Former Enron Chief Fastow Testimony Makes Clear that Enron's Banks Were the Real Masterminds Behind the Scheme to Defraud Investors

From University of California

September 26, 2006

Sworn testimony by former Enron chief financial officer Andy Fastow, which was made public for the first time today (Sep. 26), coupled with internal documents detailing the scheme, makes it clear that Enron's banks were not innocent bystanders in one of the greatest corporate scandals in our nation's history – but that these financial institutions served as the actual masterminds behind the scheme to defraud investors.

Fastow provided the information against several banks in a sworn declaration filed with the federal court during his sentencing hearing in Houston today. The declaration reflects Fastow's efforts to cooperate with the ongoing efforts to hold Enron's banks, named as defendants in the civil class action lawsuit, accountable for their conduct in the Enron fraud.

“Mr. Fastow's cooperation, coupled with the smoking gun emails, memorandums and other documents that we have uncovered, make it clear for all to see that the Enron banks were not innocent drivers but served as the actual masterminds behind the scheme to defraud investors in one of the greatest financial frauds in history,” said William S. Lerach, of Lerach Coughlin Stoia Geller Rudman & Robbins LLP, lead counsel for the University of California and other plaintiffs in the Enron securities class action.

“He has now named names of high-ranking Enron bank officials and provided a road map on a sham-deal by sham-deal basis of how the Enron banks actively participated in the creation of financial structures that were designed to deceive   the markets, credit rating agencies and analysts –and cheat investors out of billions and billions of dollars. Andy Fastow's sworn statements, which are corroborated by contemporaneous documents, directly implicate some of our nation's largest banks in the Enron fraud.”

The banks which Fastow's sworn statements are focused upon include several of the largest and most important financial institutions in the world, including Barclays, Credit Suisse First Boston, Merrill Lynch, Deutsche Bank, Royal Bank of Canada and Toronto Dominion.

To date, these banks have yet to acknowledge their culpability in the Enron scheme and currently face enormous financial exposure for their active roles in the Enron scandal. Today's developments only increase the liability of the banks.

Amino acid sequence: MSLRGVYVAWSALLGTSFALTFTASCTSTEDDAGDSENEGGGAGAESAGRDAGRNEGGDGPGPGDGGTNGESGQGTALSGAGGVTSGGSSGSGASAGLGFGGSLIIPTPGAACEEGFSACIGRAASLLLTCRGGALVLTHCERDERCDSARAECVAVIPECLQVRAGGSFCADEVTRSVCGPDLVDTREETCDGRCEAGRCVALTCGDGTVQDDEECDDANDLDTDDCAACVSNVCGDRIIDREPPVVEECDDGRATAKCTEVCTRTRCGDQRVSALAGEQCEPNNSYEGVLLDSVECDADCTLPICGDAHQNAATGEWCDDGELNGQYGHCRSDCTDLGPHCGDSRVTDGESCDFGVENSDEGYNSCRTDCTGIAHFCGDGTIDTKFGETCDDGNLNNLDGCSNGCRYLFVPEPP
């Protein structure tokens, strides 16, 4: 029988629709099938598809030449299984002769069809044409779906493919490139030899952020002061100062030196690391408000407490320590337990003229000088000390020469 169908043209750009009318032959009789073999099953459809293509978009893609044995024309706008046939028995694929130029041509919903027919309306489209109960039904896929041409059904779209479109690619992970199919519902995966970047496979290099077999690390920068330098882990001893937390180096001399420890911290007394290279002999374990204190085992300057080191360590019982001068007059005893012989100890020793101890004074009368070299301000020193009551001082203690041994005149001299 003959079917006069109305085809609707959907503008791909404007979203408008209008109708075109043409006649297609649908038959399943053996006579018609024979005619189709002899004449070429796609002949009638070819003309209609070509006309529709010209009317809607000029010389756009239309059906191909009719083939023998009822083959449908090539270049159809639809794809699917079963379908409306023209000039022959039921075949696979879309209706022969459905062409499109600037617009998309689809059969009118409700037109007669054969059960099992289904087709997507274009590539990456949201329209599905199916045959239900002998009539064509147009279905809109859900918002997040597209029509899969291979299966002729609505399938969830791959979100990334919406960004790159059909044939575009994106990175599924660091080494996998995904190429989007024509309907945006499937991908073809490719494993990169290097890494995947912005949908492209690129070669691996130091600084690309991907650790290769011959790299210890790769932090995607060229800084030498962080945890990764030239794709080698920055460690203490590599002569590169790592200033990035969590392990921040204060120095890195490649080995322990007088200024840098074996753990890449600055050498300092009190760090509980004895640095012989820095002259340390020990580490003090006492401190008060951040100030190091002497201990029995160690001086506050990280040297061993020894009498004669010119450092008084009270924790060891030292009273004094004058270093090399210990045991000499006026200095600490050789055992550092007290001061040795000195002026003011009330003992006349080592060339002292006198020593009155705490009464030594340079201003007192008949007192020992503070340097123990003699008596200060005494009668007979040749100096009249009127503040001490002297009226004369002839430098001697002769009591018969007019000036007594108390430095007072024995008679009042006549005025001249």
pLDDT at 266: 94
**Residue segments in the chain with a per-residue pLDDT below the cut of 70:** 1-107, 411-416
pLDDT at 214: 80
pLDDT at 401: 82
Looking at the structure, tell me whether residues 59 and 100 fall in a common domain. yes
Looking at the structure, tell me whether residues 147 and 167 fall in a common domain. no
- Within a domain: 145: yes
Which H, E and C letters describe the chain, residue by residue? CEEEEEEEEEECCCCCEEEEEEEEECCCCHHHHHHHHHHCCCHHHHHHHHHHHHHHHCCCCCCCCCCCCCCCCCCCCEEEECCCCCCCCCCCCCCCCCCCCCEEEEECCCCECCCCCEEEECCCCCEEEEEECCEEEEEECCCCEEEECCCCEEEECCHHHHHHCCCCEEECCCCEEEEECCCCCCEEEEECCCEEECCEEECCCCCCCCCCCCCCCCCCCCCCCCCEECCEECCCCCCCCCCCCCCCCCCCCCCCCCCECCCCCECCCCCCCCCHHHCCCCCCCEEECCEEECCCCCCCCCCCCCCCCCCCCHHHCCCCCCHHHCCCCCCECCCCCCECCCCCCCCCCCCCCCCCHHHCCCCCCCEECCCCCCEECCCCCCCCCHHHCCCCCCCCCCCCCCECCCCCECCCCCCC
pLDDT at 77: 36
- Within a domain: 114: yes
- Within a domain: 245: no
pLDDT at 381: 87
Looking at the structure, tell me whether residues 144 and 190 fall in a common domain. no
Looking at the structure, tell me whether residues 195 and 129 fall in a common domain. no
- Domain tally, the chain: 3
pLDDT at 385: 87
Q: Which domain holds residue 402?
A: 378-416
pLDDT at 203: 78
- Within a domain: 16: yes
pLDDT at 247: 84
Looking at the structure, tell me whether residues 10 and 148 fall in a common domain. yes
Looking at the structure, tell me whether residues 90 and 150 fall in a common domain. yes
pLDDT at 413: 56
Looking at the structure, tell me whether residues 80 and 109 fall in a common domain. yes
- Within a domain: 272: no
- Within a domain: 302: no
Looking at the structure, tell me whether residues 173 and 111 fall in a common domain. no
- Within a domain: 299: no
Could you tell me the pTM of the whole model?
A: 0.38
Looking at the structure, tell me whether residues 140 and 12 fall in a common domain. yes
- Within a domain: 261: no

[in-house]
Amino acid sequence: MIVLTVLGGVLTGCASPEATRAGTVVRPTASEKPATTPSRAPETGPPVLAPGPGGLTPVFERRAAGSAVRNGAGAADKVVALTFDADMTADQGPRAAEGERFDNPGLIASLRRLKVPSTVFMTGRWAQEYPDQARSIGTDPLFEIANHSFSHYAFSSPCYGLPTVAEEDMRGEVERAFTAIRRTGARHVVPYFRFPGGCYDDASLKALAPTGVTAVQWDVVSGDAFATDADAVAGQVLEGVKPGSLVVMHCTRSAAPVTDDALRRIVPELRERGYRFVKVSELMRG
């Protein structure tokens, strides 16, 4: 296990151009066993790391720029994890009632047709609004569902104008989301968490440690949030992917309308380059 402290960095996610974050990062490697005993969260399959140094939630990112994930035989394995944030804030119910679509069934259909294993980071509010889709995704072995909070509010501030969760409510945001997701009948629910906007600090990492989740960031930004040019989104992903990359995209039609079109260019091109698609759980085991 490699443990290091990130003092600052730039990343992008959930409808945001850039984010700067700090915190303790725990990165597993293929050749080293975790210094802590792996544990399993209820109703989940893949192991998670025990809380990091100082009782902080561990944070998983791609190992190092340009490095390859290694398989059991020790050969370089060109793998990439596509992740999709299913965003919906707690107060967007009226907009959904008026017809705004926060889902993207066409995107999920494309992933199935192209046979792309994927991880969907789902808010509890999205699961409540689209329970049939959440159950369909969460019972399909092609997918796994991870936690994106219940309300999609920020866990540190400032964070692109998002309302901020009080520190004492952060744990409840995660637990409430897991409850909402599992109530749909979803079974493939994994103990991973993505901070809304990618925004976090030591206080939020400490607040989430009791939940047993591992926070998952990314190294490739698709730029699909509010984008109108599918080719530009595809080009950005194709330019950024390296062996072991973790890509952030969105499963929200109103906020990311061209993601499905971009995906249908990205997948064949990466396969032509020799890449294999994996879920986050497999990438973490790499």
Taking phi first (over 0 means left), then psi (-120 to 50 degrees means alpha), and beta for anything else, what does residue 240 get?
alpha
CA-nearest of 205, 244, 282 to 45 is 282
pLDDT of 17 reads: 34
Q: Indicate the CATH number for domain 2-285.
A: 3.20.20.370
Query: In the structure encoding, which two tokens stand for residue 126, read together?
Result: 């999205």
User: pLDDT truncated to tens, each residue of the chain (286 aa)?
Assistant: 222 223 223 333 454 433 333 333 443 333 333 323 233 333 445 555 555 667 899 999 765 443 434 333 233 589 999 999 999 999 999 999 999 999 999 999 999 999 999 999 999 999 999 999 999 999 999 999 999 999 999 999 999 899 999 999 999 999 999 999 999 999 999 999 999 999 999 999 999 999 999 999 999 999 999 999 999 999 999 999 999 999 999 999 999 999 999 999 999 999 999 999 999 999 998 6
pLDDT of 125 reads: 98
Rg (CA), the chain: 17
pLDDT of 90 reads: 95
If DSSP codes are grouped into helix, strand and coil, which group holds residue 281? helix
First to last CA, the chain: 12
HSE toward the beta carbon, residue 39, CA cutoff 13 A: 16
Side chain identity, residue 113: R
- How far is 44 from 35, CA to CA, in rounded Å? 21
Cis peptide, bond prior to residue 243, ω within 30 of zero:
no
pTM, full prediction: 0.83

As the result of the Fastow testimony and discovery of documents, there is now incontrovertible evidence that the banks, motivated by corporate greed and personal profit, knowingly and actively helped to engineer Enron's efforts to deceive investors out of billions of dollars at virtually every step in the company's fraudulent scheme.

The sworn testimony and primary documents reveal that, beginning as far back as 1996, the banks intentionally worked with Enron to falsify the company's financial statements and deceive investors through phony financial deals that were not legal and would not have been approved by regulators.

Fastow's declaration – supported by internal e-mails and memorandums – also makes it very clear that, in many cases, Enron didn't tell these banks what to do – but just the reverse. It was the banks who told Enron how to deal with the company's significant financial challenges. When Enron had difficulty meeting its reported earnings targets and needed to generate more cash flow to maintain its credit ratings, the banks helped design the fraudulent and deceptive deals that led to the collapse of the company's stock and hurt tens of thousands of investors across the country.

Fastow's information, coupled with the internal documents from Enron and the banks, paint a detailed picture of the quid-pro-quo relationship between Enron and its financial institutions. Simply put, the banks would provide the financial tools for Enron executives to deceive investors, while the company paid off the banks with access to special deals, premium payments and insider access to future lucrative transactions.

A review of Fastow's sworn declaration and the thousands of pages of internal documents show that the banks and Enron engaged in three basic kinds of bogus financial deals:

  • Deals that involved generating false earnings through sham deals and phony companies, which allowed Enron's stock to continue to climb.
  • The hiding of debt through the creation of shell companies where bad Enron assets could be parked so they would not show up on the books and prevent the market from making a truthful evaluation of the company's financial health.
  • Transactions that used loans disguised to look like investments that were reported as cash flow rather than debt – thereby hiding the true nature of Enron's finances.

For a copy of Fastow's declaration:
www.universityofcalifornia.edu/news/2006/fastow.pdf

For more information about UC and the Enron lawsuit:
www.universityofcalifornia.edu/news/enron